### Question from our old Forum

I’ve been reading up on advance stats a lot the last few weeks and found that apparently I have been tracking points per possession a bit different then the common approach. My method was very simple:

(Points scored * 100) / Possessions

A slightly more advanced approach for finding total possessions:

POSSt = FGAt + 0.44 × FTAt – OREBt + TO

I’m not sure it affected my team a whole lot as I think we got about four offensive rebounds the entire season.  Regardless, is anyone else tracking this?  What is your formula?

### Answer:

Points per Possession is Points / Possessions.

Points per 100 Possessions is (Points scored * 100) / Possessions.

POSSt = FGAt + 0.44 × FTAt – OREBt + TO
is the formula for accurately measuring the total number of possessions.

Pts / (FGAt + 0.44 × FTAt – OREBt + TO) will equal points per possession, but there is no need to use this formula to make the calculation, just use the easier one listed above if you are after points per possession.

The purpose of POSSt = FGAt + 0.44 × FTAt – OREBt + TO is to make clear that FGAt, FTAt and TO are the 3 ways that possessions end and that OREBt extend possessions and allow additional FGAts, FTAts and TOs within that same possesion of the ball so it requires the OREBts to be subtracted to keep an accurate count of team “possessions”.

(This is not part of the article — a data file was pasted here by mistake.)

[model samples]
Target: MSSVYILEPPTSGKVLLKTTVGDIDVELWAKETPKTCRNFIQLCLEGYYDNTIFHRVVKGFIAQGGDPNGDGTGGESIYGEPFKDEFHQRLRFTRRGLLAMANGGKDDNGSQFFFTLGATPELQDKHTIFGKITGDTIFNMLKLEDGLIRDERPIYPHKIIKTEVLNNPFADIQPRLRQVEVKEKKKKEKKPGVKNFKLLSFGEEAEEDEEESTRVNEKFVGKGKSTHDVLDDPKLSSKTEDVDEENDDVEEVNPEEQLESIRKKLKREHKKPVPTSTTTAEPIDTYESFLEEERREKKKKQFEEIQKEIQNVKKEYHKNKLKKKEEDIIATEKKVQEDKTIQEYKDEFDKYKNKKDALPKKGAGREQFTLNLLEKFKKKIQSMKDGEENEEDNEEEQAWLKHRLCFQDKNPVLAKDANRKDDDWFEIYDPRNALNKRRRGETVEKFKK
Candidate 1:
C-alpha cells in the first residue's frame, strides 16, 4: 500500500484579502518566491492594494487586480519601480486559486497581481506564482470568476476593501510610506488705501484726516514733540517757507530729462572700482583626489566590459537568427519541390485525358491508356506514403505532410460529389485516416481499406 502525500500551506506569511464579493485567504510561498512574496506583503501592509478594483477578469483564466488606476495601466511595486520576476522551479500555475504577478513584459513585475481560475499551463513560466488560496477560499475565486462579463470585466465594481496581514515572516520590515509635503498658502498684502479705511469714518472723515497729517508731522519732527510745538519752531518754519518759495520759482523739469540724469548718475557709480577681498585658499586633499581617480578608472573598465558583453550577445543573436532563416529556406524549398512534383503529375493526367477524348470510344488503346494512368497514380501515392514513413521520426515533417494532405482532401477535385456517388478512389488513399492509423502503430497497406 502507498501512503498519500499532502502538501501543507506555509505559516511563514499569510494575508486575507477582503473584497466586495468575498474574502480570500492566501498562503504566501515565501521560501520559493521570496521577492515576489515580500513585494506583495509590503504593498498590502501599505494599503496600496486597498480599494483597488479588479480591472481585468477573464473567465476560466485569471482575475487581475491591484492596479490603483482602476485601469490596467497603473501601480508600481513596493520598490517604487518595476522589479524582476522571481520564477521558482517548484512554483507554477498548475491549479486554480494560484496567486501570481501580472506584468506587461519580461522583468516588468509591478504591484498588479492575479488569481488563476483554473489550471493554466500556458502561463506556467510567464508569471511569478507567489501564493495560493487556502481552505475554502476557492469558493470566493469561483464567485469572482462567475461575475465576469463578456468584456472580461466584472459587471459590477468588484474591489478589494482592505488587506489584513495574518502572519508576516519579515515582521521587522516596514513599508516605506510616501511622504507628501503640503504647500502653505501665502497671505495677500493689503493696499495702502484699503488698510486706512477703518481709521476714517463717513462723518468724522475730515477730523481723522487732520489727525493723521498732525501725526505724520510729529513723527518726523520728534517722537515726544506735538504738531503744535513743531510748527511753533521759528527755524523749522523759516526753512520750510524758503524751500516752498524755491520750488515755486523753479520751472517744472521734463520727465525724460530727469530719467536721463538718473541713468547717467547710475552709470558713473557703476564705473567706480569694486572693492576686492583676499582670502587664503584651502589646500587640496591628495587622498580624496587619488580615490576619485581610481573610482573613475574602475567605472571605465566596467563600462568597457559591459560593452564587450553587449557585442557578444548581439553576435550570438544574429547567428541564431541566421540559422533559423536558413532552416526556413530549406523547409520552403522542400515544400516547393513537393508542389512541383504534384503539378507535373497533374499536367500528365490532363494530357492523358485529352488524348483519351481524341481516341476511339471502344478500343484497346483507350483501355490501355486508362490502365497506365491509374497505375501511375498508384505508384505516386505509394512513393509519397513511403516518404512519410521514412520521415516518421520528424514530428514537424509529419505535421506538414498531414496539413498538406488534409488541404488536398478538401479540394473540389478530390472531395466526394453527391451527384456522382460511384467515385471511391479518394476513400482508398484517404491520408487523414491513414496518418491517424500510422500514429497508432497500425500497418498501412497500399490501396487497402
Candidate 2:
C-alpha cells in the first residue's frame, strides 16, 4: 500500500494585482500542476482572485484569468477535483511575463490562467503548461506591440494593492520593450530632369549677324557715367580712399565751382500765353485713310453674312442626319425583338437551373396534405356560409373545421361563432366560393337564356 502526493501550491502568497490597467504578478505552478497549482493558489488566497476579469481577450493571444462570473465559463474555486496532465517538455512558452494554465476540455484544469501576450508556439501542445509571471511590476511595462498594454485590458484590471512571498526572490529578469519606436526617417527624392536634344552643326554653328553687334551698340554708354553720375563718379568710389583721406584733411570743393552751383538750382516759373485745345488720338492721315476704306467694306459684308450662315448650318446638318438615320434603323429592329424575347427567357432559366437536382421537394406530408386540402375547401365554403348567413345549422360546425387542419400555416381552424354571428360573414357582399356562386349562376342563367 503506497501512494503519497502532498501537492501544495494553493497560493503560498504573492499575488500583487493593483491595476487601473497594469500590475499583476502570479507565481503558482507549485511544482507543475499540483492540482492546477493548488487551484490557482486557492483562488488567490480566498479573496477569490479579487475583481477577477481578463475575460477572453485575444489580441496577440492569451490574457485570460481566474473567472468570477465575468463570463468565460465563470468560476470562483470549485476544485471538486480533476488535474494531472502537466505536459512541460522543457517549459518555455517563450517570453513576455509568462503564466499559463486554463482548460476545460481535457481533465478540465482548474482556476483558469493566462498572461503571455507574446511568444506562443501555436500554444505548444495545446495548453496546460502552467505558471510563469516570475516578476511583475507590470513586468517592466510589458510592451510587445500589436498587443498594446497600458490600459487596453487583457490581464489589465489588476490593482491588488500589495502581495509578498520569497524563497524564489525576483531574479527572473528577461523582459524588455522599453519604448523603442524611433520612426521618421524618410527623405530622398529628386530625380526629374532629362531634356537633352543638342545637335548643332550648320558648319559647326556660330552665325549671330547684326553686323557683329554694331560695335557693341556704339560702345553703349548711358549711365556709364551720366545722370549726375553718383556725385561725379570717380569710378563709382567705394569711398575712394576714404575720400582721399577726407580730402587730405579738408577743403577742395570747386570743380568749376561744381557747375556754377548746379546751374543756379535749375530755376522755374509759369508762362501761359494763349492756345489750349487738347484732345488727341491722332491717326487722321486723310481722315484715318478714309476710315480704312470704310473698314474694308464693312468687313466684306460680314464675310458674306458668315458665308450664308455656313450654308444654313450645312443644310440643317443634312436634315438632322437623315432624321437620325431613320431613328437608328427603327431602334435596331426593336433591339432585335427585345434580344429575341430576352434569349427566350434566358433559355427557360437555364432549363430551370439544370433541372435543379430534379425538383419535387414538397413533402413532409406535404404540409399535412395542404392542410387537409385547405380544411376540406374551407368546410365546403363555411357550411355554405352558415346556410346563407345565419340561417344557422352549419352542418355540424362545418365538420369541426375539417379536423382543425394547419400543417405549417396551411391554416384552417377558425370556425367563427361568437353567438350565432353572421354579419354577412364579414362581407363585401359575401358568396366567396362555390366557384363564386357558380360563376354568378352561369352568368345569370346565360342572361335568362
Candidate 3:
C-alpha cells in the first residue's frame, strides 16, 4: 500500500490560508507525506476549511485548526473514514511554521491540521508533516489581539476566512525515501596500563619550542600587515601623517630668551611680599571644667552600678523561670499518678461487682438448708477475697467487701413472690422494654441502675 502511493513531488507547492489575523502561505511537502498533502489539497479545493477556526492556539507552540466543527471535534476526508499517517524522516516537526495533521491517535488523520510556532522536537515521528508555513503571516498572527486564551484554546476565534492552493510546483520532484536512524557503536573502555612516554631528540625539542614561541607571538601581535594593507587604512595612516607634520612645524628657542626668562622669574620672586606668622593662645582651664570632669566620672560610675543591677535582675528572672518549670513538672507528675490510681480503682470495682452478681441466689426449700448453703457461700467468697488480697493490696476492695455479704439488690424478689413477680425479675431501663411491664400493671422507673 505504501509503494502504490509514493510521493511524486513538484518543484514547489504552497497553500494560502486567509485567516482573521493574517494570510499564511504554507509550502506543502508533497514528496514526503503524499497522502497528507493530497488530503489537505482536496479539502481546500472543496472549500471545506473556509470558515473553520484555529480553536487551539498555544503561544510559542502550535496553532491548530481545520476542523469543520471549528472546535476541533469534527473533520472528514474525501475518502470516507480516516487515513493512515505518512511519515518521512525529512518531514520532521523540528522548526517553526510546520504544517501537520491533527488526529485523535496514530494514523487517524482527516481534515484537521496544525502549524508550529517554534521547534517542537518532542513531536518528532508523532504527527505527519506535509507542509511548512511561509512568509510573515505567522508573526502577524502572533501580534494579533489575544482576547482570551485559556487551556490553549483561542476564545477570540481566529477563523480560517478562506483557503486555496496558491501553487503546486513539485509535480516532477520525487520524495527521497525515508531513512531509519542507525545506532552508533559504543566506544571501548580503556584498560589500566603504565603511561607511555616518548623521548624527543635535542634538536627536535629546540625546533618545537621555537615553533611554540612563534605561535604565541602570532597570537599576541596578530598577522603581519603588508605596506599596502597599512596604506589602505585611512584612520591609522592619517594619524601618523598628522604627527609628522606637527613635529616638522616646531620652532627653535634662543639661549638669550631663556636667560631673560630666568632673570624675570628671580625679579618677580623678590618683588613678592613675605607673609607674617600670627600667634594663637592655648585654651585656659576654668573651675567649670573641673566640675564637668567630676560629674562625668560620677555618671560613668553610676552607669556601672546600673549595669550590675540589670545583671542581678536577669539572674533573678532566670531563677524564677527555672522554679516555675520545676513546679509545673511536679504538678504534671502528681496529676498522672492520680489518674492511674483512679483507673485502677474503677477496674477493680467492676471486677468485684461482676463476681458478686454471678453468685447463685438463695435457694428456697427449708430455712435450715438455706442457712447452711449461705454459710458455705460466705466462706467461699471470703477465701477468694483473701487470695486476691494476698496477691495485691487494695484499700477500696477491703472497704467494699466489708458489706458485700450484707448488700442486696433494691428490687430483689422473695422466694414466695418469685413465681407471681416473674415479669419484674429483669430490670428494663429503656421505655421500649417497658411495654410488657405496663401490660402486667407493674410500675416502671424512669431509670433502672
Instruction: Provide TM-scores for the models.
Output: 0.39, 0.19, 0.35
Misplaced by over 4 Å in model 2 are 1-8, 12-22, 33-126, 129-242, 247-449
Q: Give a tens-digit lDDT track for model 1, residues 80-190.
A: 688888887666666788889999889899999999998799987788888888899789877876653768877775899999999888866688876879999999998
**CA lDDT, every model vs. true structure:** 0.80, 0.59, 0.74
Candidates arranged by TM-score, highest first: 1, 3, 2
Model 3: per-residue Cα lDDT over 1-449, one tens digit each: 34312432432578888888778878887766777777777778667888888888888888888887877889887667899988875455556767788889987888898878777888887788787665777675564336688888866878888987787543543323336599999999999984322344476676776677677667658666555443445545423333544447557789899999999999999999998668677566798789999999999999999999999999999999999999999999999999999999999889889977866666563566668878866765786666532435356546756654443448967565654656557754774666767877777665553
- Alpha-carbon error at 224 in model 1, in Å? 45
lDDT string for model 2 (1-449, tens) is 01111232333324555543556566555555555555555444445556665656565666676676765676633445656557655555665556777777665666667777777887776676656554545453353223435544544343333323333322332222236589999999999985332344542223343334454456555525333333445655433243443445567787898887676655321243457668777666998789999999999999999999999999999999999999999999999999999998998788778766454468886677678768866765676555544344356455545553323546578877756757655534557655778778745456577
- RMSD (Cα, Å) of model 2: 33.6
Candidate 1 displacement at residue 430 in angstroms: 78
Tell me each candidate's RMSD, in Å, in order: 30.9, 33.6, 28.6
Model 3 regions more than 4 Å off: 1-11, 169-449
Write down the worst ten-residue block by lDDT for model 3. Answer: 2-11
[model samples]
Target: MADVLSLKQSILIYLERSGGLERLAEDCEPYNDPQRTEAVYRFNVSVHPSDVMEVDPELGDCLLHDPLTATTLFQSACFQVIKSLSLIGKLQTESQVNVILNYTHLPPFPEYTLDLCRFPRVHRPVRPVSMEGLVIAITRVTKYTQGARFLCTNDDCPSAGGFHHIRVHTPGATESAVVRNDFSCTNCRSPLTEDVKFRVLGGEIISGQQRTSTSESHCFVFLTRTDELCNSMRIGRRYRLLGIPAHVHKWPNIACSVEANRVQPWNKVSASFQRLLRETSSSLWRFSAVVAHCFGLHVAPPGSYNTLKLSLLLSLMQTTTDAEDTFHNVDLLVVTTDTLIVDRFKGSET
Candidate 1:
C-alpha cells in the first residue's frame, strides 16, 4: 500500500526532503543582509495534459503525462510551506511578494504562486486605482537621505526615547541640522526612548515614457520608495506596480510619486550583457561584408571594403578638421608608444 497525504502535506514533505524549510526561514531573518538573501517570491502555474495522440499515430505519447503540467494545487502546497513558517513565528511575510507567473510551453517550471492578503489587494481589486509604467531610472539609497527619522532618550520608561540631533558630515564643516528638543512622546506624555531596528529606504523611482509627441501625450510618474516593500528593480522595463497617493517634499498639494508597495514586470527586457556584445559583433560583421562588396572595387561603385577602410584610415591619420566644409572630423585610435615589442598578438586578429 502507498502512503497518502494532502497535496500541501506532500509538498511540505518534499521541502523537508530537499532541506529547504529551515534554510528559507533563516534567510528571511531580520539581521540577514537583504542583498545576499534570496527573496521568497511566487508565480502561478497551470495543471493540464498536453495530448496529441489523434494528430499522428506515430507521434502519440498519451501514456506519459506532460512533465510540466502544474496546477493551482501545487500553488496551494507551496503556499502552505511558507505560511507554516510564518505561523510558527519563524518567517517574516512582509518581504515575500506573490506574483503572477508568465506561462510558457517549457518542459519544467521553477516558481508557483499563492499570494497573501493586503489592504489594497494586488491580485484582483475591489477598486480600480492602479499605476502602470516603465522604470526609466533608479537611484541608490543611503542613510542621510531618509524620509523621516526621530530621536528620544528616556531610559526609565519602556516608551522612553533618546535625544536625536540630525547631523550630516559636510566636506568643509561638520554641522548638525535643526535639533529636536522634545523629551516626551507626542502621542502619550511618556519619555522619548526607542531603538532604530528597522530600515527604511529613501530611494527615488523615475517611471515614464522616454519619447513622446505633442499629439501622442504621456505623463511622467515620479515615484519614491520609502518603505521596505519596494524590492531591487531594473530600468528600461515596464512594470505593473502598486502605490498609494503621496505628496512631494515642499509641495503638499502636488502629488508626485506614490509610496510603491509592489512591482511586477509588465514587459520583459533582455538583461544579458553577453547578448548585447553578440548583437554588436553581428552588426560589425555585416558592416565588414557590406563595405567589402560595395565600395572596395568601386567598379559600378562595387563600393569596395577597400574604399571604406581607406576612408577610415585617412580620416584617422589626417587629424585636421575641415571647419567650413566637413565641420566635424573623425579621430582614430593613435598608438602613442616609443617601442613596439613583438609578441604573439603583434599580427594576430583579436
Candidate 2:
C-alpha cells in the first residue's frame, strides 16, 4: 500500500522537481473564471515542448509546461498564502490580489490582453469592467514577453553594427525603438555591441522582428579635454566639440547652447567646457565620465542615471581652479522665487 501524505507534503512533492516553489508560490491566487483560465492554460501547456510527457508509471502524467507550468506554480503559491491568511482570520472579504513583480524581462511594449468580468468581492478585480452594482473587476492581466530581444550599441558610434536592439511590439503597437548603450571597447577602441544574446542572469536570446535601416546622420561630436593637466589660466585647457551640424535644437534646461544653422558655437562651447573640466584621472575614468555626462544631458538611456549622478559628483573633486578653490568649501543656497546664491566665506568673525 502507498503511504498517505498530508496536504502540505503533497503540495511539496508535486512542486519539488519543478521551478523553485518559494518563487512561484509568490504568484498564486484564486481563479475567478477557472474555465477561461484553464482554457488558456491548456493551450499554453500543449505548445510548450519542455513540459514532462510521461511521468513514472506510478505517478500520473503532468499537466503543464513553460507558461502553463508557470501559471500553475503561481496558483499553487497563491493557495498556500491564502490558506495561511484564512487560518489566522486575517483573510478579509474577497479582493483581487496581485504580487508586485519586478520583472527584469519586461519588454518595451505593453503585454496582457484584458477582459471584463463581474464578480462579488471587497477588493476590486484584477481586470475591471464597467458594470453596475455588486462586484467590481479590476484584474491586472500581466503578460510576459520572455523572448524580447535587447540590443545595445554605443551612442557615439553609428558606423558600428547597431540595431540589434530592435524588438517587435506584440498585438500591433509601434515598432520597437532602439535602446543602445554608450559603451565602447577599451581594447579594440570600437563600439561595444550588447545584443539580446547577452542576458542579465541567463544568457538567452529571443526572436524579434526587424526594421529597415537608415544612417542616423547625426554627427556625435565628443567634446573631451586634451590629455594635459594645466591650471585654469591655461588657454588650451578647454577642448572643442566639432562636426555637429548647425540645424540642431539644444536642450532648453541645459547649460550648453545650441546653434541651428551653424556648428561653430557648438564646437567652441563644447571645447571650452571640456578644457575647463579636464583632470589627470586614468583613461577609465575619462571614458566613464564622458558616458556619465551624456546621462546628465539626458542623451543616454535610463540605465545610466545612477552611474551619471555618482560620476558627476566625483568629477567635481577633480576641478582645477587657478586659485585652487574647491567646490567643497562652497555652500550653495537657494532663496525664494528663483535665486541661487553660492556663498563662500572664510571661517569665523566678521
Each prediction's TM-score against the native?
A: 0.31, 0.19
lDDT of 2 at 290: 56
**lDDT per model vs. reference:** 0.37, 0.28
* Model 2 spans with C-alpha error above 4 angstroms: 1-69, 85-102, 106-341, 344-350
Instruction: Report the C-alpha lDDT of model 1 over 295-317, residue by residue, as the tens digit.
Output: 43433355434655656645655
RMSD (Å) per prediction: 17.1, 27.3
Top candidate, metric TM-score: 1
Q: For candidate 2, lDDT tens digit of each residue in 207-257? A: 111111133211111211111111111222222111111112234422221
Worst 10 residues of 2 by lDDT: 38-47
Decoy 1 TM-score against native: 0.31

Possessions + OREBts would be an accurate count of total “plays”.

The .44 is the factor in the total possessions formula that helps to pretty accurately measure how many possessions were used during the total of FT attempts.

Often a player will get 2 FTAs. Sometimes just 1, sometimes 3. Sometimes it will be a technical foul and not be the end of a possession. Sometimes a missed FTA won’t end the possession because of an offensive rebound or a foul of the offensive rebounder. The historical average for possessions used up is 0.44 × FTAt.

The little t was meant as a placeholder for a specific team’s name, the name of the offense, while they used o where necessary for the opposing team.

But as a generic formula you could also just think of it as meaning team total or it could ignored or dropped.

The big messages here with the detailed possession formula are that offensive rebounds have to be backed out to help get the official number of possessions used by a team and avoiding over-counting possessions, and  that .44 * FTA is the standard / good  enough approximation for how many possessions were  used by free throw activity  (instead of having to count those possessions manually as the game goes on or afterwards by looking at video).

## One comment

1. […] so we extract the number of offensive rebounds in the formula. The 0.44 factor is used to accurately represent what amount of possessions were used during total free throw attempts. By using this tool coaches […]